Explaining Microsoft's Fluid Framework documents
- 24 May, 2020 06:35
With users now able to get their hands on Microsoft's latest document format - rolled out under the umbrella of the Fluid Framework - the company is hoping it can deliver on its promises of better productivity and collaboration online.
The Fluid Framework was announced at Microsoft's Build developer conference in 2019, and at Build 2020 - a virtual-only event this year - the company made the format available for user preview for Microsoft 365 Enterprise and education subscribers enrolled in Targeted Release. It's also available as open source software; Microsoft said the code and SDK will be available on GitHub soon.
The goal behind Fluid is an ambitious one: users can create discreet pieces of content - such as text, tables, graphs or lists - that live on the web instead of the desktop or a SharePoint drive and are blower agnostic. These artefacts can then be collaborated on or snapped together with other elements in near-to-real-time across a variety of environments.
Nick McQuire, vice president for enterprise research at CCS Insight, believes Microsoft is on its way to making Office "a development environment," where organisations can start to "embed [Fluid] in business processes and deeper collaboration environments across your company.
"Microsoft does feel a bit of pressure to break down the silos within various, different applications out there, as well," he said. "Whether it is Google or other flavours of collaboration software, there are others that are pushing the boundaries of what it is to collaborate."
How it works
The basic Fluid experience involves a clean user experience reminiscent of Google Docs or Dropbox Paper. It is essentially a blank slate, with the option to create a document or Fluid artefact that can then be shared with your network.
And by open-sourcing the framework, Microsoft is allowing developers to work Fluid elements into a variety of other locations in the future, essentially allowing these items free roam on the internet and in various productivity apps already in use.
"Discovering the full potential of the Fluid Framework can only be accomplished through creating a diverse, open, and vibrant developer community," Jared Spataro, corporate vice president for Microsoft 365, said in an announcement at Build.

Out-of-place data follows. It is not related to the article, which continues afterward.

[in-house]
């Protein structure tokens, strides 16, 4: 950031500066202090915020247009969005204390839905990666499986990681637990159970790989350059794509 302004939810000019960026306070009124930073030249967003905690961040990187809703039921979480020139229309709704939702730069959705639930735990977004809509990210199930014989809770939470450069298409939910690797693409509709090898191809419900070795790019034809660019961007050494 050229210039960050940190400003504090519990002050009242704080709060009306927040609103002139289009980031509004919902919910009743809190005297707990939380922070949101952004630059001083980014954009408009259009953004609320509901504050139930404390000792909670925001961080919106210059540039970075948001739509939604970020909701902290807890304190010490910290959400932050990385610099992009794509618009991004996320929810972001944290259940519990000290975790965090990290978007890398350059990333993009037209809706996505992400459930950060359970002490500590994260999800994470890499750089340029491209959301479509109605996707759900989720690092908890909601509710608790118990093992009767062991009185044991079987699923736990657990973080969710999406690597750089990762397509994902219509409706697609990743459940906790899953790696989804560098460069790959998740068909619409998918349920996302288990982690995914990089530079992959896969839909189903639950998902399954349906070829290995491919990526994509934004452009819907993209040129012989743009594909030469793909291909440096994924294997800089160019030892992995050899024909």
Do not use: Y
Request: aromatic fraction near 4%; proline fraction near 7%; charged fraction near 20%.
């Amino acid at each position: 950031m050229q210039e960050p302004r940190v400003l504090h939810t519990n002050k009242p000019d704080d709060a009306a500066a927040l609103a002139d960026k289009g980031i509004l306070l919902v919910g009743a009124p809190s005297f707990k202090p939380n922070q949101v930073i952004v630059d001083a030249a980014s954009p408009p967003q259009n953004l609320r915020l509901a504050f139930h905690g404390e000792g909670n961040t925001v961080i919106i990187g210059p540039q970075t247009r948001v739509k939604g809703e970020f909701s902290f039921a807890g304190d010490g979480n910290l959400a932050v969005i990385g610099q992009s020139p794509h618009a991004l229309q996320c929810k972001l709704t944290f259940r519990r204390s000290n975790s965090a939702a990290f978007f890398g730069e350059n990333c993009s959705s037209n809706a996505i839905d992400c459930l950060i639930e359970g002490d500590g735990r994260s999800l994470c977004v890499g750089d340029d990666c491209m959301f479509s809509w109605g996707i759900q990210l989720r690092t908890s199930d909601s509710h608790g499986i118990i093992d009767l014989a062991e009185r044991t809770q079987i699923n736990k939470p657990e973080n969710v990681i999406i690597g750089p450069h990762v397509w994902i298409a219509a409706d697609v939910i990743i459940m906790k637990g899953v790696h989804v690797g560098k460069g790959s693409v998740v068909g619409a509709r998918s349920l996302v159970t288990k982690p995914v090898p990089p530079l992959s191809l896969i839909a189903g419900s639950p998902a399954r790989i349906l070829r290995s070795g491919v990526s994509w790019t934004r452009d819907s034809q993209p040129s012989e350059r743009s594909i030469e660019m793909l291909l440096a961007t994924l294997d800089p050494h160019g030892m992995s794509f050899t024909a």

Where Fluid differs from the likes of Google Docs is how it enables people to work together on an item - wherever it resides. Instead of opening a proposed agenda from an email and editing it in Word, a users can just edit it in place in the email, with all changes staying up to date.
In practice, it looks like a typical Google Docs experience, with colleagues' avatars appearing next to the line on which they're working in real time.
If that sounds potentially chaotic, that's because it is. Microsoft is looking to achieve true real-time collaboration, where changes are relayed immediately and multiple users can work on items simultaneously, even if they aren't "in" the same document. That could lead to conflicts with co-workers, and concerns about version control.
Use cases will be fluid (sorry), but early examples include: tracking action items, building a crowd-sourced meeting agenda with minutes or sharing the results of a recent project with a team in a virtual meeting.
"It is becoming clear you cannot single handedly live in one application, so the ability for companies to make that workflow more adaptive and easier for people to do tasks across different applications, while retaining an experience that they prefer to work in, is becoming really important," McQuire said.
Further in the future, Microsoft envisions a model where software bots - like its Cortana virtual assistant - can work alongside users to translate text, suggest edits and perform checks directly within Fluid components.
McQuire believes the success of Fluid depends on the developer community. "They have to be the starting point to take Fluid in a direction that will bring some innovation into Office and 365 overall," he said.